Asperger's syndrome is a developmental disorder located on the high-functioning end of the autistic spectrum. It is characterised by an impairment in communication and language skills as well as thoughts and behaviours that are repetitive or have restrictive patterning. Children with Asperger's are often highly active in childhood and develop anxiety or depression in young adulthood. They usually learn best with the aid of visual and auditory information and prompts; visual aids being especially helpful for these children.
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Social Stories With Illustrations
Often students with Asperger's will display socially and emotionally inappropriate behaviour and have difficulty interacting successfully with peers. Examples of socially inappropriate behaviour include the inability to show sympathy, demonstrating inappropriate responses to peers and not responding to facial expressions or body language. Using social stories with illustrations will help the child visualise what is appropriate when interacting with peers. In addition stories with social situations being helpful to the child, the whole class will benefit from learning from the situations. Social stories can be used to introduce a new social skill or reinforce a skill already taught.
Visual Aids for Self-Care Skills
Children with Asperger's usually encounter delays in learning life skills. Examples include dressing themselves and brushing their teeth. Using simple drawings of stick figures to show the child how to do something step by step, such as getting dressed or brushing their teeth, will help them remember what to do. These step-by-step illustrations can be taped on the wall where the child gets dressed or brushes his teeth. The parent or responsible adult can point to specific areas of the picture as the child moves along in the process. Prompting the child to look at and follow each picture will help the child in the process of learning to take care of himself.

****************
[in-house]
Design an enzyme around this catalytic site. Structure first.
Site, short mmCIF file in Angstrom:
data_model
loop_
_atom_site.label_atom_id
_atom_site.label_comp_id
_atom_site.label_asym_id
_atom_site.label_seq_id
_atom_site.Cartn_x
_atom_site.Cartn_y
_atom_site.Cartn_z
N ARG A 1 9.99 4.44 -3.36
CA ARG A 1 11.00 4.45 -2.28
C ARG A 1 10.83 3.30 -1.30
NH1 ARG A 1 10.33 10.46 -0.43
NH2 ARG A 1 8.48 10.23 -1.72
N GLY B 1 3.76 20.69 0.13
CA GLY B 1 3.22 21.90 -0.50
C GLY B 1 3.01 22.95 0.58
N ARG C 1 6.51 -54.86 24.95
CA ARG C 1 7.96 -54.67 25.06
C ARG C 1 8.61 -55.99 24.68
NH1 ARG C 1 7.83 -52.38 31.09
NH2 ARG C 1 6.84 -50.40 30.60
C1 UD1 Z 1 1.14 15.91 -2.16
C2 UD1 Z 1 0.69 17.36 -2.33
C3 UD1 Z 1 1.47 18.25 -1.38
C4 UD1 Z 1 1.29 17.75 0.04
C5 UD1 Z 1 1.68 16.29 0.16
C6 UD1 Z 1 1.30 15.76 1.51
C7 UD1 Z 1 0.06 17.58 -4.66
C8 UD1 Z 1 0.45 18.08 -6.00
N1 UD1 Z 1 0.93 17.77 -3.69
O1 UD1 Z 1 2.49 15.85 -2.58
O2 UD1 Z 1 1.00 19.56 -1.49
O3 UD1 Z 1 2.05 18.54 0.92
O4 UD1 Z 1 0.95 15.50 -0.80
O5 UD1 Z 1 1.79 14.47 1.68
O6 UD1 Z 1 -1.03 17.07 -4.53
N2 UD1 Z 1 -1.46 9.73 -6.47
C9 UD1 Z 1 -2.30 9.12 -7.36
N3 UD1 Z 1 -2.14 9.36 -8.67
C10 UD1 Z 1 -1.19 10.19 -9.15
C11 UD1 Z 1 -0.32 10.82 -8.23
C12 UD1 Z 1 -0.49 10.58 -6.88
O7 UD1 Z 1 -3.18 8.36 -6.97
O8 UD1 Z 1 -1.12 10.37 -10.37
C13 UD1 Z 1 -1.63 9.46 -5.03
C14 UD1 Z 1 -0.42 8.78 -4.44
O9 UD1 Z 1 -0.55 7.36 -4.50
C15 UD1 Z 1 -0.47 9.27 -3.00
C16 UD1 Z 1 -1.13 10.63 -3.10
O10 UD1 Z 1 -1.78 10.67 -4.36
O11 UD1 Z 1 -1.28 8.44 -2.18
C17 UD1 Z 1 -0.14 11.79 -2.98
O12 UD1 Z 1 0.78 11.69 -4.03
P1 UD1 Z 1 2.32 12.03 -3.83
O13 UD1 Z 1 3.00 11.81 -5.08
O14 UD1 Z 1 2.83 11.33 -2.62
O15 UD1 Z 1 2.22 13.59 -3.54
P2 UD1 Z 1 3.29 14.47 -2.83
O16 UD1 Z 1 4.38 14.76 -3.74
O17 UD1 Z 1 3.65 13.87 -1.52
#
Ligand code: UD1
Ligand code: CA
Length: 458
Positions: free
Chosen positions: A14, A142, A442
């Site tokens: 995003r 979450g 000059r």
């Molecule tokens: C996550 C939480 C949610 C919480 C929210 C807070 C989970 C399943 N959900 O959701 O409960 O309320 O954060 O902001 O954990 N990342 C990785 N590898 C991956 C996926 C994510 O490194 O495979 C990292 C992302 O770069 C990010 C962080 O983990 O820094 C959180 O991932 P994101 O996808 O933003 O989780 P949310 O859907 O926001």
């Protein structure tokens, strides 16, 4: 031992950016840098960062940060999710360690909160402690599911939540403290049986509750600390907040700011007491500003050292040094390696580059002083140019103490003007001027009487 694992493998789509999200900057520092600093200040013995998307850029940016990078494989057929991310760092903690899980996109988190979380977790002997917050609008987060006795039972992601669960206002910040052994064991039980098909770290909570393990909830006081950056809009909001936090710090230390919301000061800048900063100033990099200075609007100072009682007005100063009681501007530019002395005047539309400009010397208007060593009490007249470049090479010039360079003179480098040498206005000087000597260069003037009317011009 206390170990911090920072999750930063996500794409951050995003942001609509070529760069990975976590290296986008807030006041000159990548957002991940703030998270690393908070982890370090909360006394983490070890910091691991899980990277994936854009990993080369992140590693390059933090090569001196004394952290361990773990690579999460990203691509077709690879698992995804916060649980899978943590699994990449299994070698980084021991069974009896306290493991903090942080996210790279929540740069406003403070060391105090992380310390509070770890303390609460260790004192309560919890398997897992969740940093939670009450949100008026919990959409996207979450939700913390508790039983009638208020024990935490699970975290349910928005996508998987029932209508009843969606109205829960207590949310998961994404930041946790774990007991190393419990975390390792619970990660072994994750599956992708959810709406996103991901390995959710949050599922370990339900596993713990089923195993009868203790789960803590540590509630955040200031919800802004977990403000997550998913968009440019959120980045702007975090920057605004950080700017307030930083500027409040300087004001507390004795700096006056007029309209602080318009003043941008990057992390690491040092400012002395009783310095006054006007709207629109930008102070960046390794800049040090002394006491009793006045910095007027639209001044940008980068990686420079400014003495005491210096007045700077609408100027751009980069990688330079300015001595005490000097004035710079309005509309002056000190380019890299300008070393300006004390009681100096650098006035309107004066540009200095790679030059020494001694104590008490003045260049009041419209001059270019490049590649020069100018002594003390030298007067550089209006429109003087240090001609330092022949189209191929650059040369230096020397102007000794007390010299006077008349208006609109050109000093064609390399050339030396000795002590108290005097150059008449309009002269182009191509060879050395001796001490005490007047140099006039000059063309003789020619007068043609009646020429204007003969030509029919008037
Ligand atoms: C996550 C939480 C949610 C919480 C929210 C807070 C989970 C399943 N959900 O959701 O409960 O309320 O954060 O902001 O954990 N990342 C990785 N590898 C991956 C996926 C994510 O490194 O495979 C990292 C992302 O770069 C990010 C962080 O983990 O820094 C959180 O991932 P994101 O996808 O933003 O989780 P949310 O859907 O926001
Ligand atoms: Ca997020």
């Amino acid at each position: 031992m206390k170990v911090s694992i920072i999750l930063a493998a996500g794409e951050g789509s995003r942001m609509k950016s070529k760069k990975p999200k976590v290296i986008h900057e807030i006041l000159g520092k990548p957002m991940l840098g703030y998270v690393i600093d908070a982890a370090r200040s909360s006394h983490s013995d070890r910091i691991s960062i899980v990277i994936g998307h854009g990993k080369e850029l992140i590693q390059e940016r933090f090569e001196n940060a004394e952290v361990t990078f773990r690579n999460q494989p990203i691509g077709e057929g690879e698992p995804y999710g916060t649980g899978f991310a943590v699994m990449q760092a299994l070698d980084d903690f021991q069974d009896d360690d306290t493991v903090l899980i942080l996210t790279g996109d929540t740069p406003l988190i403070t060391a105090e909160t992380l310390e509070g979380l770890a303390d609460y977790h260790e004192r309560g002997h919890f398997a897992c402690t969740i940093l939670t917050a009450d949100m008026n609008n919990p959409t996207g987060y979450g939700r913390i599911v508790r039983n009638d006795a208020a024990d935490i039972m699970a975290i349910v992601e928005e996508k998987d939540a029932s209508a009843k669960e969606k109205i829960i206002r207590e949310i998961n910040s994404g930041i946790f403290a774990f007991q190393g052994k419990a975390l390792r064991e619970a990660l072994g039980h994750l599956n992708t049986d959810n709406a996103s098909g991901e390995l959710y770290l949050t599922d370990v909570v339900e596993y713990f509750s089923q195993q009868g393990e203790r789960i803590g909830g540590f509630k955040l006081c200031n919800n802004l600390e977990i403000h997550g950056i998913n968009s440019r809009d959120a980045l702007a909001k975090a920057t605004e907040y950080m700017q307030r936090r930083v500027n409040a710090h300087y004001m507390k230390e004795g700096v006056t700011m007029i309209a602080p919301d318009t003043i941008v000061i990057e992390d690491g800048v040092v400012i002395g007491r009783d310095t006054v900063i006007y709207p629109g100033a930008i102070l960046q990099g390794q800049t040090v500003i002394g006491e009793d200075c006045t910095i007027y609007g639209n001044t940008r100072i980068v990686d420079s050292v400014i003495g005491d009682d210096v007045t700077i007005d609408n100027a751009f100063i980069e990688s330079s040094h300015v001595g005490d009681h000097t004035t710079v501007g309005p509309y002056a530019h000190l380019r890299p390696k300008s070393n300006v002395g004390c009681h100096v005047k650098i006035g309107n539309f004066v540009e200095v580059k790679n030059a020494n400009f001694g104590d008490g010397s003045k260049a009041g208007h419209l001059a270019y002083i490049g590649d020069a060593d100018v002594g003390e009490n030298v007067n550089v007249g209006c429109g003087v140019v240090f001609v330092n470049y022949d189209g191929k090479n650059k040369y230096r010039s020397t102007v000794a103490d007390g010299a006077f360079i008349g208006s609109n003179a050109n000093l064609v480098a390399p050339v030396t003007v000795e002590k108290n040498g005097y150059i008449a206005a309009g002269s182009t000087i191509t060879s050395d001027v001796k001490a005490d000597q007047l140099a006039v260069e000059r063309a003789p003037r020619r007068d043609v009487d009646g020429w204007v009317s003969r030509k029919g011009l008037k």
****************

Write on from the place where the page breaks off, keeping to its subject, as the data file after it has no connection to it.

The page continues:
Visual Timetable for School
A visual timetable at school will help the child with Asperger's respond to what is expected and when. For younger children, the timetable can be made of pictures that are drawn by hand or are actual photographs of the activity. Words can be made to match the picture for older students. A timetable at school can be displayed in the front of the class with a smaller version placed on the child's desk or work area. The classroom timetable will have the pictures or words attached to the appropriate times. For ease of use, Velcro should be placed on the timetable, pictures and words so that they can be attached to the appropriate place on the timetable.The school timetable can be colour coded for the time of day and include subjects and activities, and should have "To Do" and "Done" areas for the child to move the pictures or words into the appropriate area. Since children with Asperger's are visual learners, this will give them a visual sense of achievement and of knowing what still needs to be done.
Visual Timetable at Home
A timetable used at home may include chores and activities going on for that day since children with Asperger's don't respond well to changes or unexpected surprises. Including activities that aren't a part of the everyday routine, such as a trip to the dentist, will help the child to cope with changes in routine. The activity or words and the timetable should have Velcro attached for ease of movement of the activity pictures or words. The home timetable should have "To Do" and "Done" areas for the child to move the pictures or words into the appropriate areas.
Visual Behavior Chart for School
Attaching a behaviour chart to the desk or work area of the child with Asperger's with expected behaviour pictures for the classroom will help the child in following classroom rules and procedures. Visual pictures or illustrations of behaviours such as raising your hand, and keeping your hands to yourself will serve as a visual reminder of appropriate behaviours in the classroom.
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